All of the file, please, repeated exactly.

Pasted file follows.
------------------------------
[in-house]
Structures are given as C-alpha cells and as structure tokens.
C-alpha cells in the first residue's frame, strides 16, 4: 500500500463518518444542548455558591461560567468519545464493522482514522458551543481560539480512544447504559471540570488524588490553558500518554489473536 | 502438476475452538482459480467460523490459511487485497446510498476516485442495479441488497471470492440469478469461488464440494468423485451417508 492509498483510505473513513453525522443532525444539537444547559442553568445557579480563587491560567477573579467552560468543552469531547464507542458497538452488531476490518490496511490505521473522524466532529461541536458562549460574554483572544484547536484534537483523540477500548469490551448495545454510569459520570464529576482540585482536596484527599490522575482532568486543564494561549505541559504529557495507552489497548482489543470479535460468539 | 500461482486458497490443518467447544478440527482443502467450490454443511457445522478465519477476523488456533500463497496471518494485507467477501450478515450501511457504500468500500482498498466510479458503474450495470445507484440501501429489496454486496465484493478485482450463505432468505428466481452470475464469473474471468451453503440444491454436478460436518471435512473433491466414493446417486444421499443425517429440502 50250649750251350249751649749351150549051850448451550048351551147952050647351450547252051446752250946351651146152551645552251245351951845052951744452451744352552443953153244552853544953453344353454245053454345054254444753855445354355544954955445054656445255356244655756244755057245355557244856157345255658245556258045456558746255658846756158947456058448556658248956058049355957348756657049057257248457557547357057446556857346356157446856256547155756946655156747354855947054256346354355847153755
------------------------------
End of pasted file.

[in-house]
Structures are given as C-alpha cells and as structure tokens.
C-alpha cells in the first residue's frame, strides 16, 4: 500500500463518518444542548455558591461560567468519545464493522482514522458551543481560539480512544447504559471540570488524588490553558500518554489473536 | 502438476475452538482459480467460523490459511487485497446510498476516485442495479441488497471470492440469478469461488464440494468423485451417508 492509498483510505473513513453525522443532525444539537444547559442553568445557579480563587491560567477573579467552560468543552469531547464507542458497538452488531476490518490496511490505521473522524466532529461541536458562549460574554483572544484547536484534537483523540477500548469490551448495545454510569459520570464529576482540585482536596484527599490522575482532568486543564494561549505541559504529557495507552489497548482489543470479535460468539 | 500461482486458497490443518467447544478440527482443502467450490454443511457445522478465519477476523488456533500463497496471518494485507467477501450478515450501511457504500468500500482498498466510479458503474450495470445507484440501501429489496454486496465484493478485482450463505432468505428466481452470475464469473474471468451453503440444491454436478460436518471435512473433491466414493446417486444421499443425517429440502 50250649750251350249751649749351150549051850448451550048351551147952050647351450547252051446752250946351651146152551645552251245351951845052951744452451744352552443953153244552853544953453344353454245053454345054254444753855445354355544954955445054656445255356244655756244755057245355557244856157345255658245556258045456558746255658846756158947456058448556658248956058049355957348756657049057257248457557547357057446556857346356157446856256547155756946655156747354855947054256346354355847153755